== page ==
As we all know every writers process is different. I personally start with the end of the story in mind and work from there. I already know what’s going to happen to the character at the end of the story and I work to that end. Sometimes, very rarely, the ending ends up not being the ending.

    Just curious if anyone has read any of H.P. Lovecraft’s work? He was greatly influenced by Poe and it has been said that he perfected the art of writing the macabre and horror story.


  7. I love the darkness and horrific imagination of Poe (and I’m quite a bit older than an angsty teenager).

    When I write I sometimes start with an idea that I want to write about but during the course of creation it may take me down avenues I hadn’t thought of, and by the time I’m done it’s turned out much different then my intention. A lot of times when I force it, the grey matter becomes stubborn and refuses to open up for me.

    Basically I’m totally undisciplined, but I try to edit the heck out of it, when I think I’m pretty done. If any of that makes sense. 😉


  8. Hello and congratulations for this excellent article.
    My compositions are like never-ending stories. I´m able to create connections all the time. Passing characters from one situation to another. I don´t pursue a linear explanation of the plot but it comes to me from different ways or pieces.
    Warm regards


  9. My method is determined by my purpose and, looking back at two of my favorite posts, the lack of consistency works.

    I did a post on Stockholm that I knew would culminate in a few preselected pictures from my visit there. I knew my message going in and I knew the story that went with it. Letting the process move me in new creative directions couldn’t legitimately be on the menu that day and I was happy with the result.

    For my post on iTunes, I went on a romp. It weaves in and out of tangential ideas and includes a self-authored Rammstein/Dr. Seuss parody. It’s not a post that could have resulted from any coherent outline and I doubt a more organized approach would have worked better for my topic. Besides which, who doesn’t enjoy a fusion of Rammstein and Dr. Seuss? That’s not something anyone plans on writing…

    So, I agree and disagree with Poe… depending on the circumstances.


  10. I have no formal training in writing except if you count school essays and thesis for my engineering degree, I cannot say I have any method to my madness but I believe in editing, editing, editing till I see what I have written is what I wanted to say in the first place. What I would like to share is something I read in Jon Courtenay Grimwood’s (he is one of my favourites) wikipedia page :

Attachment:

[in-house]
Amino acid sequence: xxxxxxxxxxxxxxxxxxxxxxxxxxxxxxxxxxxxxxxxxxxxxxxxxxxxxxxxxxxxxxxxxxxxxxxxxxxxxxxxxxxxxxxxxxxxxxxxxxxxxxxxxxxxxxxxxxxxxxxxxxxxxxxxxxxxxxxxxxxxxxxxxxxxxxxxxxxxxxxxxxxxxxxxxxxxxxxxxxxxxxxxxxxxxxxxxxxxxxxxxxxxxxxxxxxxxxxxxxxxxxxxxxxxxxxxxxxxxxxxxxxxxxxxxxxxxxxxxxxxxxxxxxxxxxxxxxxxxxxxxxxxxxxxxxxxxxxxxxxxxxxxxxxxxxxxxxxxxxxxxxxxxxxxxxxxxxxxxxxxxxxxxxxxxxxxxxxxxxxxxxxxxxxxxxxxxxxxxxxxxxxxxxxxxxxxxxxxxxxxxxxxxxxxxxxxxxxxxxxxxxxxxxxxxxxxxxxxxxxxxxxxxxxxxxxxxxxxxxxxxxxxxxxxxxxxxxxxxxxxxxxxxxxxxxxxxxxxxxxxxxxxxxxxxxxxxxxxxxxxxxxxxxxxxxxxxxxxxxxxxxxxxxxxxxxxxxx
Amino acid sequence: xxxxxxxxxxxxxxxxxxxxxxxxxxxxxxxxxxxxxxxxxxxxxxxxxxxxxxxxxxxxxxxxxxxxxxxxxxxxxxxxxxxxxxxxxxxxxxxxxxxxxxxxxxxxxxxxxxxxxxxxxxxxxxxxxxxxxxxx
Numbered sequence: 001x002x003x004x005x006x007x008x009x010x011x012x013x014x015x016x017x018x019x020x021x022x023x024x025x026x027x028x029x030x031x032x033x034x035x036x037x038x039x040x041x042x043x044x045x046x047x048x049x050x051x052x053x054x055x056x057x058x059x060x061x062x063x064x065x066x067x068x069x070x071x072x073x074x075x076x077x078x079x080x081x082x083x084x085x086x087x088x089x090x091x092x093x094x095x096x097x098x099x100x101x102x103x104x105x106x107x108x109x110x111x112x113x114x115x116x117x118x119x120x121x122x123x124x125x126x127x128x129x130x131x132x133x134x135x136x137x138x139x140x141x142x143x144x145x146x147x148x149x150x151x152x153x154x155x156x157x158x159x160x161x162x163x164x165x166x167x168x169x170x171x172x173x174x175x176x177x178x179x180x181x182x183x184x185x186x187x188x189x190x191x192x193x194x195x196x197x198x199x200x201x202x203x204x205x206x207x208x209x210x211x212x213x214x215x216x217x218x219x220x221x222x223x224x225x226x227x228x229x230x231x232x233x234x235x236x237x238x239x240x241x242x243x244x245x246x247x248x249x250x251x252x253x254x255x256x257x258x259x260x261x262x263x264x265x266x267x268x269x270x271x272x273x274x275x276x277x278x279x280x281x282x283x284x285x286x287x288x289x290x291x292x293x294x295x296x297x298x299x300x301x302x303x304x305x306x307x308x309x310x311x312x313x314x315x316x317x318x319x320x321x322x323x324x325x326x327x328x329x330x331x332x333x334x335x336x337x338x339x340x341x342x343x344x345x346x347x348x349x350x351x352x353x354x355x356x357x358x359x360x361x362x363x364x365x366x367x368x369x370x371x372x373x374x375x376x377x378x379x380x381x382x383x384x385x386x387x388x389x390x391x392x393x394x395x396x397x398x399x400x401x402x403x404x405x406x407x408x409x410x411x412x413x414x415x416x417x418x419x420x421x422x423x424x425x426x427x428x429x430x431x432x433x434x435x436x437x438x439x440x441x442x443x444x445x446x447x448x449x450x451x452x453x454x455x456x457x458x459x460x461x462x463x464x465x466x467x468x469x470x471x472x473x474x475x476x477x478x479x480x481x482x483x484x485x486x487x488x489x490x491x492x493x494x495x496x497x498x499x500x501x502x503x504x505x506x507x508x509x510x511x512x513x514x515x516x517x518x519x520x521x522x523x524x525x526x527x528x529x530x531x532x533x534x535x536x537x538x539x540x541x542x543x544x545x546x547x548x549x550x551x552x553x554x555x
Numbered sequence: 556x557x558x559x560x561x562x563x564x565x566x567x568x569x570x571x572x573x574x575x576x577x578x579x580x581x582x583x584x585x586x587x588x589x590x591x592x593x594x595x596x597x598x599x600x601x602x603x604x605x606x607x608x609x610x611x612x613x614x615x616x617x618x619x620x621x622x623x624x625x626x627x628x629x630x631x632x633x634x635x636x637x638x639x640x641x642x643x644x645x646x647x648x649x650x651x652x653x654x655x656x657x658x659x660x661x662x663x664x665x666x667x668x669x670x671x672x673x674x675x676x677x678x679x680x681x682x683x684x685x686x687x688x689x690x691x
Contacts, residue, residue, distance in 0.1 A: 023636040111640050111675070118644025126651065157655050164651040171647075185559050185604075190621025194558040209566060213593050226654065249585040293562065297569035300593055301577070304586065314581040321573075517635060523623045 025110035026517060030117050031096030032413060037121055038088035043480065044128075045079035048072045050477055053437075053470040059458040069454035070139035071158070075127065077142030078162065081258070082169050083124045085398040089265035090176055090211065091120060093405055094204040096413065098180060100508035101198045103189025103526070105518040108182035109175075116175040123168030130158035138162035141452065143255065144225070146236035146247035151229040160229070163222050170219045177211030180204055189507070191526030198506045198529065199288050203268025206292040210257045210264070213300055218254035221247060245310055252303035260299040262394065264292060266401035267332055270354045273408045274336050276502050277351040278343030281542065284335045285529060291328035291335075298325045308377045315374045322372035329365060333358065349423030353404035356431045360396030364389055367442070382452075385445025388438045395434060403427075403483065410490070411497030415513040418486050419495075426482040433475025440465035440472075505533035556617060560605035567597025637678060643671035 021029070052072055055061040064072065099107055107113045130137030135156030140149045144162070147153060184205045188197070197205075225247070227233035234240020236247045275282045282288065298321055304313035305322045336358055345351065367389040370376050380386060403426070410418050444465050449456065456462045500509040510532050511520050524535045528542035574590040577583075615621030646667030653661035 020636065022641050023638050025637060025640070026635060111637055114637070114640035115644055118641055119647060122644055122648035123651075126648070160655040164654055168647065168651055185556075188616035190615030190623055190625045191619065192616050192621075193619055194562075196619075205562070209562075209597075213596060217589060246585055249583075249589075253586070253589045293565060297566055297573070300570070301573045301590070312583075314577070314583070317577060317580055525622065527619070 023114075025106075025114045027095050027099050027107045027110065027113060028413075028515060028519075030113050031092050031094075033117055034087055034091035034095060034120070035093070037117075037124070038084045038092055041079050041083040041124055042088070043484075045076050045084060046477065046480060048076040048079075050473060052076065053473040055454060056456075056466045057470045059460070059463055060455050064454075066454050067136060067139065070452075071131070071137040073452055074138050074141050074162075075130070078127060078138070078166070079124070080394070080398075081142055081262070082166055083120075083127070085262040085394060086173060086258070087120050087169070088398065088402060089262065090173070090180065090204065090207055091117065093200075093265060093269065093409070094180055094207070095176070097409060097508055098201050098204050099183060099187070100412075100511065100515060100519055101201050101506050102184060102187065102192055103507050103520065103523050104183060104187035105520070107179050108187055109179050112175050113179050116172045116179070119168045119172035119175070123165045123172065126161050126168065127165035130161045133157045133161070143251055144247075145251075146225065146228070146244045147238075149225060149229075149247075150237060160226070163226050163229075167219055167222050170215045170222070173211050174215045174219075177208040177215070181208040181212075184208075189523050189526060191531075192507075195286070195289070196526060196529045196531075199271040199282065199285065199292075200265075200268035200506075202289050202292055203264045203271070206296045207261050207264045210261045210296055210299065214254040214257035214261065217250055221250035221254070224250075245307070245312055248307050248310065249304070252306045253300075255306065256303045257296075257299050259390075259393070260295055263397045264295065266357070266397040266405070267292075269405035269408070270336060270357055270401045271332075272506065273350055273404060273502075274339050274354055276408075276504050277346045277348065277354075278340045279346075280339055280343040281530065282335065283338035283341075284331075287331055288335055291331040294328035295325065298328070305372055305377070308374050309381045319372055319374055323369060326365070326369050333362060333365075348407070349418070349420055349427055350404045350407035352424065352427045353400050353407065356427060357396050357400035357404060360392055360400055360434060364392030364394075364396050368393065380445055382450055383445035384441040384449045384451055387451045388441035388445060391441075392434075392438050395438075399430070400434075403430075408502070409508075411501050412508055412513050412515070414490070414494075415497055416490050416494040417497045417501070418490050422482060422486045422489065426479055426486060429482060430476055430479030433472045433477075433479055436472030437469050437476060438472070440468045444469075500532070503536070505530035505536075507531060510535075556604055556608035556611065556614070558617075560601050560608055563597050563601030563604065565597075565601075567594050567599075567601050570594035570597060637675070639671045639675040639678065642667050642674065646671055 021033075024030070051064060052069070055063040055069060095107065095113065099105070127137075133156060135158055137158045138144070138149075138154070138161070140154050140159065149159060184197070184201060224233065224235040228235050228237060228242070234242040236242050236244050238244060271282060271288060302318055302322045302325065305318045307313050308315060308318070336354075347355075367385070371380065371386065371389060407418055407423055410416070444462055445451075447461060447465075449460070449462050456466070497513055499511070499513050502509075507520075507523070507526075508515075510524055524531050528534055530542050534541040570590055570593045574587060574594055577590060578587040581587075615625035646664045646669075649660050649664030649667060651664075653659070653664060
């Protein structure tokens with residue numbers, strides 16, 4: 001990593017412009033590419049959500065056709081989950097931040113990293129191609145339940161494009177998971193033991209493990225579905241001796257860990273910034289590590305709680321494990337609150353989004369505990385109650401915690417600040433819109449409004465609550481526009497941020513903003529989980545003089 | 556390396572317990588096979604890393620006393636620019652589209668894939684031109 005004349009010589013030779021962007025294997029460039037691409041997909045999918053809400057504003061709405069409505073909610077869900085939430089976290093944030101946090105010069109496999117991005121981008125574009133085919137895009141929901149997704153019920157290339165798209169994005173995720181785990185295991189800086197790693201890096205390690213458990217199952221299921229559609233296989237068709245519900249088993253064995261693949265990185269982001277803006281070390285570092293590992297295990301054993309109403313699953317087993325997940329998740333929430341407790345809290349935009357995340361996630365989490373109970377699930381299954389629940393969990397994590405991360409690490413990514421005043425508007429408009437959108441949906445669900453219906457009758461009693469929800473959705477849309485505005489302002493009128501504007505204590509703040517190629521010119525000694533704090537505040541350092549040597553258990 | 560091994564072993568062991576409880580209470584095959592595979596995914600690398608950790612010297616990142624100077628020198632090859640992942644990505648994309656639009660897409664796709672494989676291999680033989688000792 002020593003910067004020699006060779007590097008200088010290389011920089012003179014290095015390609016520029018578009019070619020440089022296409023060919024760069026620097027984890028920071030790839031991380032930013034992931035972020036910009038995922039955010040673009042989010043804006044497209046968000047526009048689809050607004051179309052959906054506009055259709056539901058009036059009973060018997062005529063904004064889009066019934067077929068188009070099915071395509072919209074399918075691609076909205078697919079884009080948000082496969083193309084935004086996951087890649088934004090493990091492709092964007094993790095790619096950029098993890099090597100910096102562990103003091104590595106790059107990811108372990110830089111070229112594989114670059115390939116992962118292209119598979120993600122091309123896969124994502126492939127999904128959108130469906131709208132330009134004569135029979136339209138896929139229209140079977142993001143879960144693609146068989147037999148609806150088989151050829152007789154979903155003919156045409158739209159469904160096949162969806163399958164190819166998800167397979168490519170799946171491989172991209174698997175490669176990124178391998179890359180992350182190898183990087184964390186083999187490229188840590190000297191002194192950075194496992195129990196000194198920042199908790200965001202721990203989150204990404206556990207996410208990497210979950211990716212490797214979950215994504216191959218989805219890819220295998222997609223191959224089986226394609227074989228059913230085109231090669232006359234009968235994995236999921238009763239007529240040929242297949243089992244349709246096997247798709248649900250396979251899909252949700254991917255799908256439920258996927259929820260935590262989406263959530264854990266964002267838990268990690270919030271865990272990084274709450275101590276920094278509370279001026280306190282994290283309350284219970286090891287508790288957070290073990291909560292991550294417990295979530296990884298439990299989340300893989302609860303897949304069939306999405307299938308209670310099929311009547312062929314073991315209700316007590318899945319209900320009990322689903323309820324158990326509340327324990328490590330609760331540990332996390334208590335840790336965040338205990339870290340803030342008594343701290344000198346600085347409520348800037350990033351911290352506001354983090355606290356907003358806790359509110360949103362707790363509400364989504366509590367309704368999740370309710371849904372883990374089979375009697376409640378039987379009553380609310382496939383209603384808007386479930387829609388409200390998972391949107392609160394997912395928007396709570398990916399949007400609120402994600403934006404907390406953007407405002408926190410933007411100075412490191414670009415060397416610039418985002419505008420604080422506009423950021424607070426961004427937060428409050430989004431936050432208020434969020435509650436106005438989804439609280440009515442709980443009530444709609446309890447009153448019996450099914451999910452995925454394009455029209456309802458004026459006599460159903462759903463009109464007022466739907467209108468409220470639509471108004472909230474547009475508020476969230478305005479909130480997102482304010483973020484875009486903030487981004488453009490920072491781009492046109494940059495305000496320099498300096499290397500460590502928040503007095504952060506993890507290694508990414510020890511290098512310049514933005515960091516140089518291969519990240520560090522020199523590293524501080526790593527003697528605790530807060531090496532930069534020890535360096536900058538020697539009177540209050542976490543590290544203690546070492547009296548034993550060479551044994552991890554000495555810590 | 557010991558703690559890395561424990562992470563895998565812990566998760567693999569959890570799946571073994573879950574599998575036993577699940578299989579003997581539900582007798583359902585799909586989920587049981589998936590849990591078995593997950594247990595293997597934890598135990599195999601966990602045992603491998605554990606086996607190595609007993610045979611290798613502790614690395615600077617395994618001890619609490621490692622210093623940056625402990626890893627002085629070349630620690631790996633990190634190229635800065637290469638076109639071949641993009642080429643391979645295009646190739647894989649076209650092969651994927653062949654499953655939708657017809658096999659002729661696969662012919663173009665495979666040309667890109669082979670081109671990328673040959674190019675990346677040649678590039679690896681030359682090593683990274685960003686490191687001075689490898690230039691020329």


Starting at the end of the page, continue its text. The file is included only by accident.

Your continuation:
“For me, the first draft is what happens, the second is why and how the person it’s happening to reacts, the third is how they feel… In drive by style, that’s boy on bench crying, boy on bench crying because girlfriend left him, boy on bench crying because he knows exactly why his girlfriend left him, and he deserved it which makes him cry even more… That’s massively simplistic, because the scene could be nailed down to what, why and feelings on the first draft and not change”

    If I ever wrote a story, I would take this advice.

    My personal tribute to Grimwood:


  11. I thump out the first draft of my writing in one go. I then rebuild the structure from that raw material and flesh out any gaps before I give it a light edit. I then put it aside for a period and then give it a hard edit.


    1. Really? Nice! I think I do the same thing. I’m new to writing my own thoughts and about myself, so as a challenge, I just let it go to public because that somehow makes me try to edit it a little. Guess I didn’t think anyone would actually read it, but I try to return to edit it after it sits a lil bit. Otherwise, I’ll edit all the magic out of it and end up keeping it.


  12. You won’t believe me, but I first read “The Raven” in Russian (Voron) in my high-school time. I learnt it by hart, but now I remember only the first line:

    Ah, ya vspominayu yasno, Byl togda dekabr nenastnyj

    I bought a Russian anthpology of English poetry. At high school I was studying Russian and German as foreign languages. Then came the Polish translation I found in a literary weekly “Kultura”:

    Ach, wszak pamięć mnie nie łudzi, to był ciemny dziki grudzień
    I płonących głowni rudzień budził syczeń duszny chór

    – so far I remember. I was preplexed as everyone here by the enchanting beauty of the poem.

    Poe is making up a story of the composition process described
    in handbooks of rhetoric. His enarrating the essential poetical rules is not his invention, but elaboration of more than two thousand years practice.